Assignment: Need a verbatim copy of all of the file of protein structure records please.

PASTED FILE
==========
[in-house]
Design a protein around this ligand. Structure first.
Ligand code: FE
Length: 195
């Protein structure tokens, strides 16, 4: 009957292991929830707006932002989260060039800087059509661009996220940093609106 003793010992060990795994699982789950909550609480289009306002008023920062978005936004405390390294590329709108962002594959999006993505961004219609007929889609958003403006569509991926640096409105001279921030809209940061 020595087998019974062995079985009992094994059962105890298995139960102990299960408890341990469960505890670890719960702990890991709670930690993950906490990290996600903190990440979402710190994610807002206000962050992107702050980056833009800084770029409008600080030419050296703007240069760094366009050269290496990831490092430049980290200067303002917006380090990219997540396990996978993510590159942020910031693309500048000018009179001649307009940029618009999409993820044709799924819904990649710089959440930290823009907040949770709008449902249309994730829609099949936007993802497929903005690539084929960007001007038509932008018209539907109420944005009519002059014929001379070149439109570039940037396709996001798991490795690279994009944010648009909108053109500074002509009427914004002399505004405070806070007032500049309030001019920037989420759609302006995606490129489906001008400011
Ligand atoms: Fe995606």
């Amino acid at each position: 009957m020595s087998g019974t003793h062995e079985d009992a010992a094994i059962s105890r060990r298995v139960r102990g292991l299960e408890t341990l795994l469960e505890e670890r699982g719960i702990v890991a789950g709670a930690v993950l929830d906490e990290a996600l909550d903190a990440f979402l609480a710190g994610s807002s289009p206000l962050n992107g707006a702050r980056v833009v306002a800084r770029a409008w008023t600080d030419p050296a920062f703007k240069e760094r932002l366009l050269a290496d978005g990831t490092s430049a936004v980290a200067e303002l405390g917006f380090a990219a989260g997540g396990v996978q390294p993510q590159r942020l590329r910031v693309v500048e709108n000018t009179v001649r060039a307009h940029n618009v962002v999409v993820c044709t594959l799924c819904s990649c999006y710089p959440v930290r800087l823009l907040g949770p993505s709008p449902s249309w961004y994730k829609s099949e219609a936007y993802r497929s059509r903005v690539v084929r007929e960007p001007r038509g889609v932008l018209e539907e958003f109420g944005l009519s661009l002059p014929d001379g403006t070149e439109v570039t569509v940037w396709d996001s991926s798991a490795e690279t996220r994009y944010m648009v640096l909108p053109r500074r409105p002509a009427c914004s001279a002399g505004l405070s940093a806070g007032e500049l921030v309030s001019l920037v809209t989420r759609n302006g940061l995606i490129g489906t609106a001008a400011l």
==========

[in-house]
Design a protein around this ligand. Structure first.
Ligand code: FE
Length: 195
């Protein structure tokens, strides 16, 4: 009957292991929830707006932002989260060039800087059509661009996220940093609106 003793010992060990795994699982789950909550609480289009306002008023920062978005936004405390390294590329709108962002594959999006993505961004219609007929889609958003403006569509991926640096409105001279921030809209940061 020595087998019974062995079985009992094994059962105890298995139960102990299960408890341990469960505890670890719960702990890991709670930690993950906490990290996600903190990440979402710190994610807002206000962050992107702050980056833009800084770029409008600080030419050296703007240069760094366009050269290496990831490092430049980290200067303002917006380090990219997540396990996978993510590159942020910031693309500048000018009179001649307009940029618009999409993820044709799924819904990649710089959440930290823009907040949770709008449902249309994730829609099949936007993802497929903005690539084929960007001007038509932008018209539907109420944005009519002059014929001379070149439109570039940037396709996001798991490795690279994009944010648009909108053109500074002509009427914004002399505004405070806070007032500049309030001019920037989420759609302006995606490129489906001008400011
Ligand atoms: Fe995606």
């Amino acid at each position: 009957m020595s087998g019974t003793h062995e079985d009992a010992a094994i059962s105890r060990r298995v139960r102990g292991l299960e408890t341990l795994l469960e505890e670890r699982g719960i702990v890991a789950g709670a930690v993950l929830d906490e990290a996600l909550d903190a990440f979402l609480a710190g994610s807002s289009p206000l962050n992107g707006a702050r980056v833009v306002a800084r770029a409008w008023t600080d030419p050296a920062f703007k240069e760094r932002l366009l050269a290496d978005g990831t490092s430049a936004v980290a200067e303002l405390g917006f380090a990219a989260g997540g396990v996978q390294p993510q590159r942020l590329r910031v693309v500048e709108n000018t009179v001649r060039a307009h940029n618009v962002v999409v993820c044709t594959l799924c819904s990649c999006y710089p959440v930290r800087l823009l907040g949770p993505s709008p449902s249309w961004y994730k829609s099949e219609a936007y993802r497929s059509r903005v690539v084929r007929e960007p001007r038509g889609v932008l018209e539907e958003f109420g944005l009519s661009l002059p014929d001379g403006t070149e439109v570039t569509v940037w396709d996001s991926s798991a490795e690279t996220r994009y944010m648009v640096l909108p053109r500074r409105p002509a009427c914004s001279a002399g505004l405070s940093a806070g007032e500049l921030v309030s001019l920037v809209t989420r759609n302006g940061l995606i490129g489906t609106a001008a400011l």